Dawkins converses with Tyson

May 30, 2021 • 9:30 am

Here’s a 54-minute conversation, one on one, with Neil DeGrasse Tyson and Richard Dawkins. The title is “Combatting Anti-Science with Richard Dawkins,” but the conversation goes further than this. There’s no need for me to summarize the discussion between these two well known science writers, so I’ll just highlight a few points.

Tyson first blurbs Richard’s new book, called Books Do Furnish a Life: An Electrifying Celebration of Science Writing (link to Amazon site), a collection of Richard’s book reviews and other miscellaneous pieces. I must read it, and I’m told one of the chapters is a review of my book Why Evolution is True (this is my blurb). Richard also reveals that he has two more books on the way, one about flight called Flights of Fancy; he doesn’t reveal the other one.  Tyson, who, curiously, says that he’s read only three of Richard’s 30-odd books (he names them) asks which of them was the best selling volume. I bet you can guess.

They discuss how their writing has changed, and what tips they’d give other sciences writers (Tyson’s revelation is “most people don’t read”, which conditions how he writes). Tyson also tells us why he follows his own social media, despite it often being toxic.

They then change to the topic of reason, with Tyson asking Dawkins about how he persuades people whose views aren’t based on reason. They discuss their differing views about how to deal with religion. Tyson has always been more of an accommodationist, while Richard, who’s an explicit anti-theist, is peeved because he thinks that even if people don’t inflict their religious views on others, they are depriving themselves of missing out on the true wonders of the world, including the Big Bang and evolution.

Other questions that come up:

Can you be religious and a secular humanist at the same time?

Can you base ethics on secular humanism?

Why are people religious?

Is religiosity really decreasing, or is it being replaced by stuff like woo?

Note that at 32:25, Tyson says that there’s evidence that “ducks can be superstitious”. Actually, it’s not ducks but pigeons, and you may know about this “superstitious” behavior involved with pigeon treats and Skinner boxes.

Things slow down a bit after 40 minutes, but at 52 minutes Tyson asks Richard to reprise his epitaph, which is apparently the last section of Books Do Furnish a Life. You won’t be surprised, and I won’t reveal it, but it’s a take on Dawkins’s view about how lucky we are to be alive, which you may have seen in his books.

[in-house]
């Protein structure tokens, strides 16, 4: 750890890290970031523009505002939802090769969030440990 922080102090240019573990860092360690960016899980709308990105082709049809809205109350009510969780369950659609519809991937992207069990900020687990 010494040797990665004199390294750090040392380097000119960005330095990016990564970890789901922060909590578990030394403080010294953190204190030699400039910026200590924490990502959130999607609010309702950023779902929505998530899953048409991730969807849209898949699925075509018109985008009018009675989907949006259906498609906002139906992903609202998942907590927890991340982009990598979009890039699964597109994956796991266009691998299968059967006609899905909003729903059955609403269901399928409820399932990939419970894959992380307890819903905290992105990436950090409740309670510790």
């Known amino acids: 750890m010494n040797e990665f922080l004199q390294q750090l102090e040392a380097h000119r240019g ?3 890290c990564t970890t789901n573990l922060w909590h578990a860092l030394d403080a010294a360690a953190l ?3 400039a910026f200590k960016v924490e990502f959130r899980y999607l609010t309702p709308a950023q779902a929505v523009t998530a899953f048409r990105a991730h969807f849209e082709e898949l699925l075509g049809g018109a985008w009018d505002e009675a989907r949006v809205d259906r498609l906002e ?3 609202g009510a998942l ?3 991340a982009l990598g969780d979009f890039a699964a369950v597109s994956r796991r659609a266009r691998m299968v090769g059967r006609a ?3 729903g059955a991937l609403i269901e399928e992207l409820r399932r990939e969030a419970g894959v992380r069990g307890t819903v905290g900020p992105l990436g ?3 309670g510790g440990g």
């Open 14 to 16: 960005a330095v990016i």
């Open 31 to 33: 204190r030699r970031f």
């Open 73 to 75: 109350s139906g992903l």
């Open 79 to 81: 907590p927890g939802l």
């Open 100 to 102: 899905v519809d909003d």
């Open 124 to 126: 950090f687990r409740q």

Voilà: the discussion:

h/t: Bryan

9 thoughts on “Dawkins converses with Tyson

  1. I have always found Tyson kind of light on religion and this discussion somewhat confirms that. Dawkins takes the subject much more seriously and understands the negative affects more clearly.

      1. I enjoy NdGT, even though I know he’s not for everyone on here. I read his books, I enjoyed Cosmos, I listen to the podcast from time to time (it seems to favor comedy over science though, and full of one-upmanship joke interruptions) but his interview style i find to be unbearably stiff. I would rather him just have a conversation, which with Dawkins would undoubtedly be great. Stop trying to be the professional interviewer, just talk and listen to each other.

        And yeah, I’ve got Dawkins’ book on order from the evil empire. I hate to say it but my local independent bookseller has become uncomfortably woke. What’s a guy to do?

        Edit: this was supposed to be a stand-alone comment but Turdpress had other ideas and stuck it under the light on religion comment. Why? Only the Shadow knows.

        1. I hate to say it but my local independent bookseller has become uncomfortably woke. What’s a guy to do?

          Write to them (ink, paper, stamp, not email ; that’ll fluster them) asking for their condemnation of a nearby, independent bookseller who is less woke than them.
          Alternatively, write the message on a rather aged fish and slap them in the face with it. At the slight risk of being charged with assault, and not making your point quite so clearly. And ruining a potentially good piece of fish.

  2. Dr. Tyson was interviewed a few nights ago on a Skeptical Inquirer podcast. It was a jocular, light-hearted interaction between him and the host, nothing weighty. (In the spirit of Free Inquiry, like Skeptical Inquirer, published by the Center For Inquiry in Amherst, NY) I posted a question, asking him to address the relevance of social justice to teaching the fundamentals of science, I having recently received an email from the National Science Teaching Association notifying readers that there would be four mini-sessions in June addressing social justice in science teaching. (I presumed to think my question of some reasonable significance as compared to, say, someone asking Tyson about the art on the wall behind him, which question the podcast “gatekeeper” deemed worthy to forward to him).

    At the beginning of the podcast, from what I could tell, mine was one of the first two questions. As time passed it was one of 19 questions. I presumed that these (at that point) questions were the total number of questions asked. (At the risk of me seeming rude) I inquired when and whether my question might be answered. SI replied words to the effect that mine was one of 222 questions; that the (at the time) 19 questions were those that had been answered; and that SI was forwarding to Tyson questions SI perceived most question posters were interested in. Presumably, (the imposition of) social justice in science teaching was not of all that much interest or relevance.

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